A Highland fling – South Africa

It’s an early start to the South African border as once again our guide Kanyo has warned up that they can, and do, completely tear apart the truck if they’re in the mood. Thankfully they’re not so it doesn’t come to that, though our hopes are nearly dashed as we’re randomly stopped by a guard…who just wanted to know if we could give him a lift.

Driving trough wine country
Wine country of South Africa

Driving trough wine country
Wine country of South Africa

Saltanas
Wine country of South Africa

Up and over undulating green hills the, Olifants river meandering through the valley below, we’re headed for Namaqualand and another favourite of the overland truck tours, Highlanders. A campsite come vineyard the owner Sparky was himself an ex tour leader who’s now hung up the boots in exchange for a beautiful location and family to suit.  Pitched up on a carpet of grass (until you’ve done a 73 day camping trip you might struggle to understand the luxurious feeling of grass between the toes) with a fire place nearby we wait in anticipation to test the plonk. By the time the other slow overland truck (Intrepid) eventually roll in we’re chomping at the bit as we get down to business.

IMG_5884 - Copy
Highlanders Campsite

Last campsite of the 73 day journey.
View from our tent at Highlanders Campsite

Last campsite of the 73 day journey.
Highlanders Campsite, beneath the Cedarberg Mountains

Moving to the top of the property where the pool, BBQ, bar and pool table are, we park our butts on a picnic bench with a captivating vista over the Klawer Wine region with the Cedarburg Mountains in the distance framing the landscape. Producing wines in combination with other small grape producers under the Klawer Cellars label we start the tasting with the Chenin Blanc, which we found to be very drinkable, especially in the hot climate.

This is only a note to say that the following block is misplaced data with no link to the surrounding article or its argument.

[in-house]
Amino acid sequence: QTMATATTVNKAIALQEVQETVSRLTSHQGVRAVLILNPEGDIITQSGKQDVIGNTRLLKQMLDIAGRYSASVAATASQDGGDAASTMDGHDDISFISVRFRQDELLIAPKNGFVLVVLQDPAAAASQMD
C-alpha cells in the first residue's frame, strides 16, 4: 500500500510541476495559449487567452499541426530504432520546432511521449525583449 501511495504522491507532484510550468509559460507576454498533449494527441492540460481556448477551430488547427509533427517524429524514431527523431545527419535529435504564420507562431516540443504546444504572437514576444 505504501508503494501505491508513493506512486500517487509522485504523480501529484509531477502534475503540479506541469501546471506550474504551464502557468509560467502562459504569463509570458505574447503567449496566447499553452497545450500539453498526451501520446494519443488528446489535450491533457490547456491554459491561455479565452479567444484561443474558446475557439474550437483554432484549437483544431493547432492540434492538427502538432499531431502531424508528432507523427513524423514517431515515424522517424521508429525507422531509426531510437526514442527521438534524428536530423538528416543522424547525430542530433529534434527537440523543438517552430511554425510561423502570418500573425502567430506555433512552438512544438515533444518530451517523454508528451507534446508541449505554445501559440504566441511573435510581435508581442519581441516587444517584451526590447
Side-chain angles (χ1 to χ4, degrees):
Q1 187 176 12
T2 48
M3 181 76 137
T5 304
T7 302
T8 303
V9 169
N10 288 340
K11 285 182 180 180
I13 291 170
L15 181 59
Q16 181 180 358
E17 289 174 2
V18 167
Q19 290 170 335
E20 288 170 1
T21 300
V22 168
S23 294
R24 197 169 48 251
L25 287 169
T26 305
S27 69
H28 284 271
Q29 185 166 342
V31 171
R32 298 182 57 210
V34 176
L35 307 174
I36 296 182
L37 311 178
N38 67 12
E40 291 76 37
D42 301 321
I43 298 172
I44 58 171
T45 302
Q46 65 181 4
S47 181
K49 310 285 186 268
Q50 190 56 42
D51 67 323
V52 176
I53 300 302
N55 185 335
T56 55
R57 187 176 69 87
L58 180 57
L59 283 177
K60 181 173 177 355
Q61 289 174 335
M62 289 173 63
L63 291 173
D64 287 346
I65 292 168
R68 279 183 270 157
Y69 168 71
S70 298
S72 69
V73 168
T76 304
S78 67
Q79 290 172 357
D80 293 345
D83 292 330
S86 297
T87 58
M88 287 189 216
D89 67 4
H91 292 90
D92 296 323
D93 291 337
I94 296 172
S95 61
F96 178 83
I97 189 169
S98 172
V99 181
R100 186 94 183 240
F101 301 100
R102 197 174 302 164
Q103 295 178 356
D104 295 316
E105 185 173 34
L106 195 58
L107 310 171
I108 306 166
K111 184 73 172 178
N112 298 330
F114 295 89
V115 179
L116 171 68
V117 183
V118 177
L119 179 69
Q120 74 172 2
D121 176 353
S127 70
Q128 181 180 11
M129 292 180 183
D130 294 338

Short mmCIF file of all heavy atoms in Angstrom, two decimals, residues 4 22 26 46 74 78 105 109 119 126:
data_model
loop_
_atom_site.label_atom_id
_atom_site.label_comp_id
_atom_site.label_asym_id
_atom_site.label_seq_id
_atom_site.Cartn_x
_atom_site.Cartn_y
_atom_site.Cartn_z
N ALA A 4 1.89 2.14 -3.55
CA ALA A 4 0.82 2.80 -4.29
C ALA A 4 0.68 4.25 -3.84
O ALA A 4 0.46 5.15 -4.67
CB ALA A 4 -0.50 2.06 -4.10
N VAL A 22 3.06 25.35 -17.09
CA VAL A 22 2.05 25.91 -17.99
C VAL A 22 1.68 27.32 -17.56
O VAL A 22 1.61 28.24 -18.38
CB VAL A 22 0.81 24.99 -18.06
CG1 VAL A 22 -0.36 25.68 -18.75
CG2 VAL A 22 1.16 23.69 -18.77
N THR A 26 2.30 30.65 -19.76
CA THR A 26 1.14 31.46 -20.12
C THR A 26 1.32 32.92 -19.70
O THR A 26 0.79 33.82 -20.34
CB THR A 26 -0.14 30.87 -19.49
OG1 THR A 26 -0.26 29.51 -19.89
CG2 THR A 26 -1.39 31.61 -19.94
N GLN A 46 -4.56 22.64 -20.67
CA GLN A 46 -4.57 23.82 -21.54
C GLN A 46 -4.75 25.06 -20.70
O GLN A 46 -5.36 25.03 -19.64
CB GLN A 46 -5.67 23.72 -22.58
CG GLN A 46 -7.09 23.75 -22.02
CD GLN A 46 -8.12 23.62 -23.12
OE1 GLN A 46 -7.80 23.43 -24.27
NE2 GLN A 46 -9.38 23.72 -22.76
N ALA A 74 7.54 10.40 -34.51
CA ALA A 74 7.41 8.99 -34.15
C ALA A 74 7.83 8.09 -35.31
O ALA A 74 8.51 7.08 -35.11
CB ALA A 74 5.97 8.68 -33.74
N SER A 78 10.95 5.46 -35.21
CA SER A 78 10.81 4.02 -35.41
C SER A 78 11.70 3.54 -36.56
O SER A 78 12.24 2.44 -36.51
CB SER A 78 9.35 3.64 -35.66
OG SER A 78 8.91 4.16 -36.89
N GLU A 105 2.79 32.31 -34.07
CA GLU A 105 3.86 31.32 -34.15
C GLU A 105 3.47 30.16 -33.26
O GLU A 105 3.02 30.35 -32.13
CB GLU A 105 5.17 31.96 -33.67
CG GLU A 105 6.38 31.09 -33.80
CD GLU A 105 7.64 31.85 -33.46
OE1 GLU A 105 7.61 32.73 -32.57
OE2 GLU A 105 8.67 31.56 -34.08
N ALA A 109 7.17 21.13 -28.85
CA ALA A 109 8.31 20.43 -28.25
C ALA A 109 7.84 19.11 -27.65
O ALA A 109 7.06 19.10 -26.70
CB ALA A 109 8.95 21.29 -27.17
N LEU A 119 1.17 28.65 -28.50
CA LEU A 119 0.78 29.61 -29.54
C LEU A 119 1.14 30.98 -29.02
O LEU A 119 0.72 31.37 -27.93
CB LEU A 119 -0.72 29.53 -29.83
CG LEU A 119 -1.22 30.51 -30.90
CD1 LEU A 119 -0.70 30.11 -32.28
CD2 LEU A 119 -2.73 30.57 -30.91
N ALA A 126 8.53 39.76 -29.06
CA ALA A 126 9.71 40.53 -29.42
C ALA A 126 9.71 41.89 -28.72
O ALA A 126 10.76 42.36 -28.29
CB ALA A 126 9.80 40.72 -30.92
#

The Pool at Highlander Campsite
Enjoying the view from the pool at Highlanders Campsite

Wine tasting with Sparky.
Wine tasting with Sparky at Highlanders

Next up was the Pinotage. The signature wine of South Africa it was first grown in 1925 as a cross between the Pinot Noir and Cinsaut (or Hermitage) grapes and is one that they make very well. Next up was the Shiraz, followed by a sweet Rose, a refreshing Sparkling Rose, finishing off with a unique African Ruby Rooibos Vermouth. Infused with Rooibos tea and the Buchu herb it offers a spicy lingering aftertaste so good several bottles were sold. It’s also known for its healing properties leading us to the question…

‘Can we have a second?’

Finishing up we grab a bottle of the Chenin Blanc for the final episode of the history of the African Tribes, begun several weeks back by our guide, around the camp fire that night – Enter the white man. With only six of us left on the tour Matt once again gets to cook the steaks, something he has mad skills for (or so he reckons).

Ben
Ben the friendly Rhodesian Ridge-back at Highlanders

Wine Tasting
Wine tasting at Highlanders

Wine tasting
Wine connoisseurs in the making at Highlanders

Finishing the stories and the marshmallows it’s all back up to the bar for some pool table action as we spend the night shooting the breeze with Sparky about the past, present and future.  Waking up a little dusty the next morning a shower with the best views since Jinja, Uganda has us happily distracted as we wash away last night with great views over the vineyards.  And it’s much needed as our next destination, Stellenbosch, has more wine tasting in store.

Thanks for reading, you can check out our more of our travel photos on Flickr here if you like!

 

 

Tips for Highlanders

  1. The wine tasting for our group of 10 cost around £5 per person including all of the wines shown above.
  2. A bottle of the lush Chenin Blanc cost under £5, you can’t go wrong!
  3. Sparky has some great life stories to tell, sit down and have a chat with him, he’s a top bloke.
  4. Ben the dog may scare the shit out of you at first with his pure size but he’s nothing but a big cuddly softy.

 

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